The attorney did admit, after some prodding, ``that she could have been wrong about the day, but she still thinks the meeting was Friday,'' according to the investigator's interview summary.  

Investigators then moved on to inspect Shafey's next trip, a six-day conference in Chicago.  

An examination of those records led to the conclusion that Shafey had worked three-fourths of one day and received reimbursement for a full day's expenses ``resulting in an overpayment of $12.50.''  

According to the report, investigators never asked Shafey about the Chicago trip or the $12.50 discrepancy that resulted in one of the most serious charges, against him.  

THE NEWS of Shafey's firing rocked the participants of the Pesticide Poisoning Surveillance Program, a CDC-funded project that Shafey had coordinated since its 1998 inception.  

By most accounts, he is a careful scientist of unquestioned integrity.  

``I have found him to be one of the most professional, well organized and socially responsible individuals I have ever met,'' said Dennis Penzell, medical director of the Suncoast Community Health Centers in Ruskin.  

Some members of Shafey's pesticide working group, consisting of physicians and representatives of industries where pesticides may pose an occupational hazard, said they believe he may have been too conscientious for his own good.  

That sentiment is echoed by Marc Lappe, a former California health department toxicologist who warned in 1980 that aerial Medfly spraying posed a public health risk.  

Lappe's draft report, like Shafey's, was altered by his superiors. ``I think there's a pattern of behavior in which large bureaucracies attempt to protect themselves from having to take unpopular actions and from having to be responsible to the people they serve,'' said Lappe, who testified before the California State Assembly about his experience.  

Lappe resigned from the California health department in the wake of the Medfly controversy there, but not before officials stripped him of all involvement in policy decisions or discussions.  

THE BEGINNING OF the end for Shafey appears to be November, when Johnson took over as bureau chief.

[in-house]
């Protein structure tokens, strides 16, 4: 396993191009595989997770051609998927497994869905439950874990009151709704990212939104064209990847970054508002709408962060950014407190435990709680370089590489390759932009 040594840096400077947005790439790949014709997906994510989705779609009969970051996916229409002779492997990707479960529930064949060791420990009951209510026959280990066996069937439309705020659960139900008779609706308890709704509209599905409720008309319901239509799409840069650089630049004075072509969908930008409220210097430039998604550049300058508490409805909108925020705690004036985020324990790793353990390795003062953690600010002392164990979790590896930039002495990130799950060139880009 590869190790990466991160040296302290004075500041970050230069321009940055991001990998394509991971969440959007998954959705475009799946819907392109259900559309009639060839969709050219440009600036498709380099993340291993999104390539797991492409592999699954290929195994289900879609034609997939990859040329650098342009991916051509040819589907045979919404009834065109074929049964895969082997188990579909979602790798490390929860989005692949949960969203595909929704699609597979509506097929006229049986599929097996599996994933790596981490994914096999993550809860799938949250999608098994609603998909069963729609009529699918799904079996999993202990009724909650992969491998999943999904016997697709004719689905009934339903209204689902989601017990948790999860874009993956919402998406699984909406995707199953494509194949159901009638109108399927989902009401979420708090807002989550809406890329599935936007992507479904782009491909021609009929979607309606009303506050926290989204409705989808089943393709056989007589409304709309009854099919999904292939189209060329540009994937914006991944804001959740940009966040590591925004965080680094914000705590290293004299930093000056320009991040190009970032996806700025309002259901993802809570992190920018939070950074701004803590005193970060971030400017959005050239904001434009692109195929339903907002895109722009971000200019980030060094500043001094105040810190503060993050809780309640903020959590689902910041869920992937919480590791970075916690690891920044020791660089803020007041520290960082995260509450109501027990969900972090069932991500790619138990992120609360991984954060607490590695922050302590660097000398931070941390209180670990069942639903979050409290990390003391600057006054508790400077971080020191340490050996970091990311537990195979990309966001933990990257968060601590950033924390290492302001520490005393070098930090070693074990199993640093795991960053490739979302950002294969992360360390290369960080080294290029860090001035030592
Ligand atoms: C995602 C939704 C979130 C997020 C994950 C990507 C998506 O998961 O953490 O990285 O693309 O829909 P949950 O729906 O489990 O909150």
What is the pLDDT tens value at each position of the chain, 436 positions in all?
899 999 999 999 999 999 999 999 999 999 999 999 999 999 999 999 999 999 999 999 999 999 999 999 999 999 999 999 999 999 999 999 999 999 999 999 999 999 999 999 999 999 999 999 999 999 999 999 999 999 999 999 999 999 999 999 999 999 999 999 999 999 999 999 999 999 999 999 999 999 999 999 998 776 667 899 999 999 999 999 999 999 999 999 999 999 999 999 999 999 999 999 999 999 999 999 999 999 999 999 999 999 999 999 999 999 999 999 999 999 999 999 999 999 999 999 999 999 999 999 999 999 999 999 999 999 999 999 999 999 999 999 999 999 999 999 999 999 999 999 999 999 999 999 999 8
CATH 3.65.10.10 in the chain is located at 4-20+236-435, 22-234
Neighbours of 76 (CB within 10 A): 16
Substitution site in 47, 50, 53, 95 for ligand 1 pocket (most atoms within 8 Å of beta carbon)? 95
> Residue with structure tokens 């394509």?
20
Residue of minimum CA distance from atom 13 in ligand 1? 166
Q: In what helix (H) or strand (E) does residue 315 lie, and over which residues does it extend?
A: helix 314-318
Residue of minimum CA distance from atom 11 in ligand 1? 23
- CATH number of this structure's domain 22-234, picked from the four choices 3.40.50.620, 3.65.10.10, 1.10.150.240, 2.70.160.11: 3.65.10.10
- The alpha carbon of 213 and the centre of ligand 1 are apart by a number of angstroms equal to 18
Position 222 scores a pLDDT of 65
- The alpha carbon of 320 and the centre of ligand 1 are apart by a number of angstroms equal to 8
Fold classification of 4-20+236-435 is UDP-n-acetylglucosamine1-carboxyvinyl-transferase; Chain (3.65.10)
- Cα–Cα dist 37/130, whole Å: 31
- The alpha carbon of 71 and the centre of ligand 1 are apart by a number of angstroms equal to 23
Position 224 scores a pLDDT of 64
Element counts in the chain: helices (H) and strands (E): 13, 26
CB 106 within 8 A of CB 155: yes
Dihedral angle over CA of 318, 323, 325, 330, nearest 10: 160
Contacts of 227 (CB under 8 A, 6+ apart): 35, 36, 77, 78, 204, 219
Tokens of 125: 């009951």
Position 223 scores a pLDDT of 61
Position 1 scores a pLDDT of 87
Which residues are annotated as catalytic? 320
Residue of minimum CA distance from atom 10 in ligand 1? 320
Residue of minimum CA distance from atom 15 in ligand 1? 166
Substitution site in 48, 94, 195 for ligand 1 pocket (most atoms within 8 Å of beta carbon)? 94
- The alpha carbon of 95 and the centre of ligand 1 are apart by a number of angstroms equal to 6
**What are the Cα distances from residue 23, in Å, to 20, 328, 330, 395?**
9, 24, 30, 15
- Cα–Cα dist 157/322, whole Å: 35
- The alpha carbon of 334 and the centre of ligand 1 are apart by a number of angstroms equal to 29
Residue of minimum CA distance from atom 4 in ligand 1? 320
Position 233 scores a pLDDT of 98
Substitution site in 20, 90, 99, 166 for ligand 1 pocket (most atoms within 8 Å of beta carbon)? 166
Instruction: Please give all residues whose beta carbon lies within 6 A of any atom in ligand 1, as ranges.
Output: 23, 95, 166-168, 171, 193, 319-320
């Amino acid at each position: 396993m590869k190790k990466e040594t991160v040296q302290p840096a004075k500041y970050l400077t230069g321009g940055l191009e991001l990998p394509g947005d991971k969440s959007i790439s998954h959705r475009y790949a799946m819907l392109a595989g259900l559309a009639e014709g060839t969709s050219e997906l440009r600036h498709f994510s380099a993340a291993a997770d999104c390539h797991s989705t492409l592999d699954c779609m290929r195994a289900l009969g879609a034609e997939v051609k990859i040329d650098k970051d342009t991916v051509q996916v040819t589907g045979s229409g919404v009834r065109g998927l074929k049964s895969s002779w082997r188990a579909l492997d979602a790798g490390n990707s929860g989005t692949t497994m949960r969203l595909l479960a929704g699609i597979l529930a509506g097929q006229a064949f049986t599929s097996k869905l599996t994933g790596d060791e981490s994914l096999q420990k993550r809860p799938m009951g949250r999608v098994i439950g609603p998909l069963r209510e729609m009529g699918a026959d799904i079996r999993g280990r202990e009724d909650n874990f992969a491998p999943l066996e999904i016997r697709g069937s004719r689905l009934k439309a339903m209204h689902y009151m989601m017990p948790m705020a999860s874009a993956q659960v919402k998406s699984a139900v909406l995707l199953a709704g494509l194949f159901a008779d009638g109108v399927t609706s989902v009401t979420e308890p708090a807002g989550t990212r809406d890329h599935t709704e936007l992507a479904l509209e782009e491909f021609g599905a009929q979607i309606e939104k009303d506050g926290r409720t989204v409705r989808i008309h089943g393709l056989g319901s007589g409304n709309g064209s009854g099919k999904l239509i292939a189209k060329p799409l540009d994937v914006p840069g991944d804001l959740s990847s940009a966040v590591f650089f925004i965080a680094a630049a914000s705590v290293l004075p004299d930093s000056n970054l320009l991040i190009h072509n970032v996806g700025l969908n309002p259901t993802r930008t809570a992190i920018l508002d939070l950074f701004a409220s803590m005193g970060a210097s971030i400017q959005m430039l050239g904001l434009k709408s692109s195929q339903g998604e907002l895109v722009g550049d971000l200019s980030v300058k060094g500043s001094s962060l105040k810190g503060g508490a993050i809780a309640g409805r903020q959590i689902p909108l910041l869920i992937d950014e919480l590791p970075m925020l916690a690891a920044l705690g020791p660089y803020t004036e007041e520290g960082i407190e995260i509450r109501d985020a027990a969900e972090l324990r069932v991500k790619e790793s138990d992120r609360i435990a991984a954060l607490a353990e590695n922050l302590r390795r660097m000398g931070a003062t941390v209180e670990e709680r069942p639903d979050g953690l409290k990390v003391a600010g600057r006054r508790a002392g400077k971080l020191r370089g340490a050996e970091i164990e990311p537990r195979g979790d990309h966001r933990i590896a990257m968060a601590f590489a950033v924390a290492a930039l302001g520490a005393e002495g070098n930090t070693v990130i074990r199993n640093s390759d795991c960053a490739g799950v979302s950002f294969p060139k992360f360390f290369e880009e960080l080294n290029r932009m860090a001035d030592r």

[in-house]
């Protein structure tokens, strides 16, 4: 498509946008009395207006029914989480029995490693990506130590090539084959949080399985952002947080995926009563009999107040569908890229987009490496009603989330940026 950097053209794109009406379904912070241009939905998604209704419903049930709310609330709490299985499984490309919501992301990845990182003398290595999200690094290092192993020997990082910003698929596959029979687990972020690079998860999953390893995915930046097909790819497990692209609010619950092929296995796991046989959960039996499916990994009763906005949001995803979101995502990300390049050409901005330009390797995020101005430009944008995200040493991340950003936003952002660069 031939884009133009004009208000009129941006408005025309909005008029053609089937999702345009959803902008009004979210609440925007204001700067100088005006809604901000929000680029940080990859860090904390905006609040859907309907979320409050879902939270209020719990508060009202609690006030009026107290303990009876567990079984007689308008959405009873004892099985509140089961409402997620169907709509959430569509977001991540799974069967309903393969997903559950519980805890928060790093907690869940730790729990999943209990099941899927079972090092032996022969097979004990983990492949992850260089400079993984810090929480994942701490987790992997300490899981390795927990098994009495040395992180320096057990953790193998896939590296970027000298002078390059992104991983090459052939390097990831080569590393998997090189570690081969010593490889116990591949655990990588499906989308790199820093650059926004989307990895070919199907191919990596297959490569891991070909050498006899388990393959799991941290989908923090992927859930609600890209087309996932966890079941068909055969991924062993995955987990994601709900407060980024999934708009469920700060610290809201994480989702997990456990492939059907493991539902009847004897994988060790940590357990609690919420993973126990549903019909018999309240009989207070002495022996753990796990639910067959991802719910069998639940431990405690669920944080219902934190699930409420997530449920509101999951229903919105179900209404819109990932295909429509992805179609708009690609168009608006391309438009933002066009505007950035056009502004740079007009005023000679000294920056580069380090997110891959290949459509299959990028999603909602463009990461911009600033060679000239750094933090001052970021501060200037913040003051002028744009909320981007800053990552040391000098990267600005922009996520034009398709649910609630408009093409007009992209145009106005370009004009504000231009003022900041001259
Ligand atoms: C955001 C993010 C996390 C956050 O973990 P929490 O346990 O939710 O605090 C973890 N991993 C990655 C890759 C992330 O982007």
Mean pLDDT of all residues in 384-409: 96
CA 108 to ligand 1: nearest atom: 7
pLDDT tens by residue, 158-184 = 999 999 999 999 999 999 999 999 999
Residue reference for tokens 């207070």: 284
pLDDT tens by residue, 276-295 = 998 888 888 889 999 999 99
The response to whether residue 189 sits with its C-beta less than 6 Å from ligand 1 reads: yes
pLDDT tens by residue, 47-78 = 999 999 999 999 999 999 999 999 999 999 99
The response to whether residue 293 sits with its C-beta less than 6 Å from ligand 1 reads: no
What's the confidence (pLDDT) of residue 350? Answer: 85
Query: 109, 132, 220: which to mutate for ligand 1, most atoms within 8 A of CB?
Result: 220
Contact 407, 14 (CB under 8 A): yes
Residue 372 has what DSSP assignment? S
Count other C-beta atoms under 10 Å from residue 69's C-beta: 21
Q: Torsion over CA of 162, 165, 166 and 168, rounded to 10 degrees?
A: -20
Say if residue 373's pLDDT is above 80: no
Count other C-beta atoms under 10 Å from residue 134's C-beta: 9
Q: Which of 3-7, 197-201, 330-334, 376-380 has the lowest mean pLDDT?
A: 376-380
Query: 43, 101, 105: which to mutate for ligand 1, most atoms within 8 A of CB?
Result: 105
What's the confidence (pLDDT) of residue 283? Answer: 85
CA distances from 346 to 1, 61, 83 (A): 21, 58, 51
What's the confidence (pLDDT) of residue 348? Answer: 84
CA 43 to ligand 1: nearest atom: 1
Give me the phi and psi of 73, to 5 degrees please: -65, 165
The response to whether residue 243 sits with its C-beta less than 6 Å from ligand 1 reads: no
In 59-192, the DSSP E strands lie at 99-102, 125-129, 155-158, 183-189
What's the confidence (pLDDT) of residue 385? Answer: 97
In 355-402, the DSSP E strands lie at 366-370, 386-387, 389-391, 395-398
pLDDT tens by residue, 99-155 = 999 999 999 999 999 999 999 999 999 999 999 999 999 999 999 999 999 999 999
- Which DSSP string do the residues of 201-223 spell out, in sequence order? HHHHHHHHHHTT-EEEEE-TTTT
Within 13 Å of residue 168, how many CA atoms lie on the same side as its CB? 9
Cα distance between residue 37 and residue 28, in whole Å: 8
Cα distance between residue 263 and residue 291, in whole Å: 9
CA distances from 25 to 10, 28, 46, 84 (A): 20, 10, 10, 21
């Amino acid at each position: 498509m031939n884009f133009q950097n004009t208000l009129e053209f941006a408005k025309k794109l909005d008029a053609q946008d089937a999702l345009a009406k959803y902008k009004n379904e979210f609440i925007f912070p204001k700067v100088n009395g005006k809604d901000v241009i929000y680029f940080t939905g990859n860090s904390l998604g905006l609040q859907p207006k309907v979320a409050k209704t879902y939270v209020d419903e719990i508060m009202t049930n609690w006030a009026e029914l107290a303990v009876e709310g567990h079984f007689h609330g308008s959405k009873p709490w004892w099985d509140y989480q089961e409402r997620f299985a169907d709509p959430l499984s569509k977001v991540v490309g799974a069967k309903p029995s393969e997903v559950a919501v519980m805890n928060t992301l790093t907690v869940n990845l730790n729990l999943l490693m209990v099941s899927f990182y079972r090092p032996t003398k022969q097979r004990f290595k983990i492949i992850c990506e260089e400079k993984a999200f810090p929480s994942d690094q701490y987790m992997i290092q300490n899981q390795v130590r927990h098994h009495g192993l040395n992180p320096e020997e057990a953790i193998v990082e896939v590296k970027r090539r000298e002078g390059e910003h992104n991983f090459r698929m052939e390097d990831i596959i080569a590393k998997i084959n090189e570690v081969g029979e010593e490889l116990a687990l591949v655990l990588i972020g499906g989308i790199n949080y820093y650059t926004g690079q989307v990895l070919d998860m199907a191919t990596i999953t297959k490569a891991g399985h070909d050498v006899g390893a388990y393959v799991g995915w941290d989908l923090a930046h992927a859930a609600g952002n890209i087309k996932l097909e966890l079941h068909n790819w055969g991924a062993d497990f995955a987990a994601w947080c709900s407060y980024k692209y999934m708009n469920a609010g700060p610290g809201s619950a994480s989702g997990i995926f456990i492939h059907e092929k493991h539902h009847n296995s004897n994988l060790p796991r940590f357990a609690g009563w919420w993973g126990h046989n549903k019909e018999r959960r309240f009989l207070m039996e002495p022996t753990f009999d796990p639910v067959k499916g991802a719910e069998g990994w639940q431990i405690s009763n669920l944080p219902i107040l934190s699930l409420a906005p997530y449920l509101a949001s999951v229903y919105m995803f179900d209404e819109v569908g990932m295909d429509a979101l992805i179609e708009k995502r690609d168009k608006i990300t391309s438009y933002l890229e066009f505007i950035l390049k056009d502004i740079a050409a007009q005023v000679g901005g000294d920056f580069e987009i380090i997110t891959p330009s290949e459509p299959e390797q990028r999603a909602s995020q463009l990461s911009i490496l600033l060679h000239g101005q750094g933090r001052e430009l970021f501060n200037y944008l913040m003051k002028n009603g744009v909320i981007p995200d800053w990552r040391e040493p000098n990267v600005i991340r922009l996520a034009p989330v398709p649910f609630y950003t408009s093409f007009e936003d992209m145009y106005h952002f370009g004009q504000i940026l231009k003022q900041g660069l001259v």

That was the same month Shafey took the investigated trips and the same month the CDC published an article supporting the epidemiologist's original conclusions that aerial spraying malathion bait to eradicate the crop-killing Medfly was linked to reported illnesses.  

In his interview with the travel investigators, Johnson called Shafey ``a hard worker'' and ``a smart man with a lot of talent.''  

But, he added, ``He has some difficulty in following the rules and tends to go around them.''  

Shafey's annual job evaluations mentioned no problems with the epidemiologist's ability to work within the system, commending him for his progress in developing the pesticide surveillance program.  

Nonetheless, Shafey found his professional responsibilities diminishing.  

In late February, Johnson informed Shafey that he could no longer ``perform the classification of acute illness'' in cases of pesticide poisoning.  

It was Shafey's classification of spray-zone-related illnesses that prompted the controversial Medfly report.  

Shafey's removal from classification duties brought a swift response from CDC, the state's partner in the surveillance program.  

``Who is responsible for this decision?'' wrote the CDC's Calvert to Johnson in an e-mail the following day.  

Calvert said the classification system is fundamental to the integrity of the program and stressed the importance of it being ``conducted in an objective and scientific manner.''  

``Please explain how you will ensure that the classifications are conducted in a high quality and timely fashion.''  

Calvert has not, to date, received an answer from the department.  

Less than two weeks later, Heber presented Shafey with a letter informing him of the department's allegations and its intent to terminate him.  

Heber reported that Shafey gave her ``a very aggressive stare'' and closed the door to her office, shutting out Johnson on the other side.  

The next day, Shafey was placed on administrative leave pending an internal investigation of the incident.  

A Tallahassee police officer was summoned to escort Shafey from the building. According to the police report, the officer found him ``to be calm but upset.''  

An additional charge of ``abusive language'' was added to the roster when the epidemiologist called Johnson, among other things, ``a worm'' and ``excrement.''  

A hearing in which Shafey was to be given an opportunity to respond to the charges was canceled and he was terminated March 3.  

Jan Hollingsworth covers the environment and can be reached at (813) 259-7607 or See SHAFEY, Page 6 From Page 1